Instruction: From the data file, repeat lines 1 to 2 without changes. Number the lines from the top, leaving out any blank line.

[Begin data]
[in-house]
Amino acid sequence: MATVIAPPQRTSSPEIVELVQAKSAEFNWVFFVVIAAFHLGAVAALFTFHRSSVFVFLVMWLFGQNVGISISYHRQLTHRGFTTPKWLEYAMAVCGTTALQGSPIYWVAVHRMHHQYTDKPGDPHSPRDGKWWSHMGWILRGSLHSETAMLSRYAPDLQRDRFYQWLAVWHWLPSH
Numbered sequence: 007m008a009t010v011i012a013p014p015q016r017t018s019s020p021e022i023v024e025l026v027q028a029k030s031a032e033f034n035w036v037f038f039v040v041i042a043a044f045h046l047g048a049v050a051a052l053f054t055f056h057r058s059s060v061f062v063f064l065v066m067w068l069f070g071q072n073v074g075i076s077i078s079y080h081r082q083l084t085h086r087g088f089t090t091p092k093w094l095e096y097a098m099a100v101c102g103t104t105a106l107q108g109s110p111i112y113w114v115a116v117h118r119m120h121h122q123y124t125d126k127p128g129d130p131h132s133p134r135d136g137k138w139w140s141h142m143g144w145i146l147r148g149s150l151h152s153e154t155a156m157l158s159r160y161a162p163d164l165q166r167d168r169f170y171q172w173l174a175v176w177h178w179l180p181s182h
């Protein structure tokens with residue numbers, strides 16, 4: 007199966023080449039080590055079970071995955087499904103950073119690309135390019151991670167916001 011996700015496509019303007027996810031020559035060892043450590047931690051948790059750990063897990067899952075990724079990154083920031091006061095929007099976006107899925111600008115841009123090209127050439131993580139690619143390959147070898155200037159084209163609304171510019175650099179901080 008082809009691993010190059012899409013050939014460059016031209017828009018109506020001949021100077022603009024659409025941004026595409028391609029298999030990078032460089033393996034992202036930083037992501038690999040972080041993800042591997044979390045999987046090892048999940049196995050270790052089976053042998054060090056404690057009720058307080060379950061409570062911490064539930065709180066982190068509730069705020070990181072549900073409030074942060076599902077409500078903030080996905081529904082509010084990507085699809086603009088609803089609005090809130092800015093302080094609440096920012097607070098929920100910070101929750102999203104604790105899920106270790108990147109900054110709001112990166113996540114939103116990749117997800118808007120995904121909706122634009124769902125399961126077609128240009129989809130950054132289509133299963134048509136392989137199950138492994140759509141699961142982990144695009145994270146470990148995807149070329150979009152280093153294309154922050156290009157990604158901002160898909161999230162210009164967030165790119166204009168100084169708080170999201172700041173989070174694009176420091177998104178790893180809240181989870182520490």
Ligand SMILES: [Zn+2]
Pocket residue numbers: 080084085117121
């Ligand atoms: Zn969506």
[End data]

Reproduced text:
[in-house]
Amino acid sequence: MATVIAPPQRTSSPEIVELVQAKSAEFNWVFFVVIAAFHLGAVAALFTFHRSSVFVFLVMWLFGQNVGISISYHRQLTHRGFTTPKWLEYAMAVCGTTALQGSPIYWVAVHRMHHQYTDKPGDPHSPRDGKWWSHMGWILRGSLHSETAMLSRYAPDLQRDRFYQWLAVWHWLPSH